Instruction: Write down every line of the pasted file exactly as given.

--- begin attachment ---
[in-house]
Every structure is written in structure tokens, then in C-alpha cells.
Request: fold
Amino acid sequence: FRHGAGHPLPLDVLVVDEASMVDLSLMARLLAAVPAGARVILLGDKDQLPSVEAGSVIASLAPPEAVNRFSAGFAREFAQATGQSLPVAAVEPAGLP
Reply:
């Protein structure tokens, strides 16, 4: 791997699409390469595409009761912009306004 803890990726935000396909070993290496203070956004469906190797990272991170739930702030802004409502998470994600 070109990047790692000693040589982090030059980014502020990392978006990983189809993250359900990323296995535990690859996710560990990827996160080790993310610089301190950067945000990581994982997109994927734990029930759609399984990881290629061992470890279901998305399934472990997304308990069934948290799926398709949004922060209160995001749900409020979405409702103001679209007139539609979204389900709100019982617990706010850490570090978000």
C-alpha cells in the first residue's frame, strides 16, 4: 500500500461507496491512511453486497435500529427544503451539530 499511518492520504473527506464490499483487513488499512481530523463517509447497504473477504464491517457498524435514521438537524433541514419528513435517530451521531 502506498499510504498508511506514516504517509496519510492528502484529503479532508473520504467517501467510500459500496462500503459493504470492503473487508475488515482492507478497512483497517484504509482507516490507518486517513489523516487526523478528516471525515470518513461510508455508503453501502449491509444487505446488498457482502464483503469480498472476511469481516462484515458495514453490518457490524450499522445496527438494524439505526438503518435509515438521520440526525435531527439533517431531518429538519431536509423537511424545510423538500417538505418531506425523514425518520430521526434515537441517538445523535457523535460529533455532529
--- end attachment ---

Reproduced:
[in-house]
Every structure is written in structure tokens, then in C-alpha cells.
Request: fold
Amino acid sequence: FRHGAGHPLPLDVLVVDEASMVDLSLMARLLAAVPAGARVILLGDKDQLPSVEAGSVIASLAPPEAVNRFSAGFAREFAQATGQSLPVAAVEPAGLP
Reply:
């Protein structure tokens, strides 16, 4: 791997699409390469595409009761912009306004 803890990726935000396909070993290496203070956004469906190797990272991170739930702030802004409502998470994600 070109990047790692000693040589982090030059980014502020990392978006990983189809993250359900990323296995535990690859996710560990990827996160080790993310610089301190950067945000990581994982997109994927734990029930759609399984990881290629061992470890279901998305399934472990997304308990069934948290799926398709949004922060209160995001749900409020979405409702103001679209007139539609979204389900709100019982617990706010850490570090978000």
C-alpha cells in the first residue's frame, strides 16, 4: 500500500461507496491512511453486497435500529427544503451539530 499511518492520504473527506464490499483487513488499512481530523463517509447497504473477504464491517457498524435514521438537524433541514419528513435517530451521531 502506498499510504498508511506514516504517509496519510492528502484529503479532508473520504467517501467510500459500496462500503459493504470492503473487508475488515482492507478497512483497517484504509482507516490507518486517513489523516487526523478528516471525515470518513461510508455508503453501502449491509444487505446488498457482502464483503469480498472476511469481516462484515458495514453490518457490524450499522445496527438494524439505526438503518435509515438521520440526525435531527439533517431531518429538519431536509423537511424545510423538500417538505418531506425523514425518520430521526434515537441517538445523535457523535460529533455532529